Preparing For the Second Wave

Written By ipink edy on Saturday, June 22, 2013 | 9:51 AM


The Three Types of Small Businesses: As I have previously wrote I have observed three main types of small business. The first is the largest of the groups and they are small businesses who depend on other small businesses and consumer discretionary spending for their revenues. Generally speaking these companies have had ineffective business models and were slow to respond to the economic conditions. As a result they have poor financial health and were late to take action (beginning of 2009) to change their debt based business model to a more efficient and effective one. This group also has the lowest barriers to entry in their industries and will see an increase in competition over the next 3- 5 years. This group continues its challenges with pricing pressures and other deflationary forces since this group depends on other small businesses and consumer discretionary spending. Other small businesses are price sensitive and the consumer is only spending money if there is a deal.

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The second group is the second largest group and they depend on acts of God and or Mother Nature (roofing, disaster recover, etc.). The housing and commercial infrastructure in our nation is aging and some of the more modern structures quality has not stood up to standards. A result is replacing roofs and pipes breaking. Certain areas of our country have gone from drought to flooding. Basements and houses have been flooded and need to be rebuilt. This industry has stayed stable through our Great Recession. However, the name of the payer for these companies is not the owner of the property, but the insurance company. The risk to this group is the insurance pay-out amount and timely delivery. These types of companies should remain stable over the next 3 years or as long as insurance companies remain financially healthy.

The smallest of the three main small business types is the small business which depends on large mega-corporations (Fortune 500 companies). This group has not felt the effects of the Great Recession. In a matter of fact these companies have been growing at full throttle during the past few years since the mega-corporations have outsourced projects to them to save costs. These companies should continue to grow over the next several years since the mega-corporation have lots of cast, clean balance sheets and are using this type of small business to save costs and to fill unique niches. Their biggest risk is for the mega-corporations to cut their budgets and to lengthen payment cycles.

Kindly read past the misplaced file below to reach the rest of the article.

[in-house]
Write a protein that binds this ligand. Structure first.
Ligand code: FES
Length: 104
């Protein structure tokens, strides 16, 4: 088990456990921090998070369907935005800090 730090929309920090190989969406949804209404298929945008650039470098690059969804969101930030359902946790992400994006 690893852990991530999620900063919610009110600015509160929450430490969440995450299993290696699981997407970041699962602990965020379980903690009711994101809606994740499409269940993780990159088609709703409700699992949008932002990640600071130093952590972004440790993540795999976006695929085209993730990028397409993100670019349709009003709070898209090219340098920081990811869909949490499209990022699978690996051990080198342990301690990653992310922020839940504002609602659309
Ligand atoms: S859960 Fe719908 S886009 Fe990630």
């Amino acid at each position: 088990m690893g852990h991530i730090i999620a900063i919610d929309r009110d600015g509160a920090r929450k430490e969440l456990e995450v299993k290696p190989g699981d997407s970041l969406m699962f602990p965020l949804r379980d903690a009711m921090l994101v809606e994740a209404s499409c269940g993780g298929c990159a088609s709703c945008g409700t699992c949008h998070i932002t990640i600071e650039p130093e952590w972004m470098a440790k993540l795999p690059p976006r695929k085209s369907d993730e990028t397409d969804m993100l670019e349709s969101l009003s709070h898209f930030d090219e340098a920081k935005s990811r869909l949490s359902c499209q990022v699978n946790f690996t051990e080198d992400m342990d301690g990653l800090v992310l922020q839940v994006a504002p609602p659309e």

The warning signs: The first sign of the second wave is interest rates. The rhetoric, including the Federal Reserve Chairman and your evening news, say the economy is recovering, stabilizing and even growing. However, interest rates have continued to decline. The 2 year Treasury is only yielding 0.569% which is the lowest yield ever for this type of bond. The 10 year Treasury has fallen from a 4% yield in April to a 3% yield in July 2010. The signs which state interest rates should be increasing include our population's credit scores are at one of the lowest levels in history and the Federal Reserve and US Treasury have stopped purchasing mortgage securities in March 2010. If the economy was healing shouldn't the interest rates be rising? One reason rates might have been lowered is to help banks make their financial positions appear healthier. Banks make loans at locked in interest rates and then record the loan as an asset on their books. When interest rates rise the loans with lower interest rates have a lower fair market value. However when interest rates decline the loans with higher interest rates are worth more!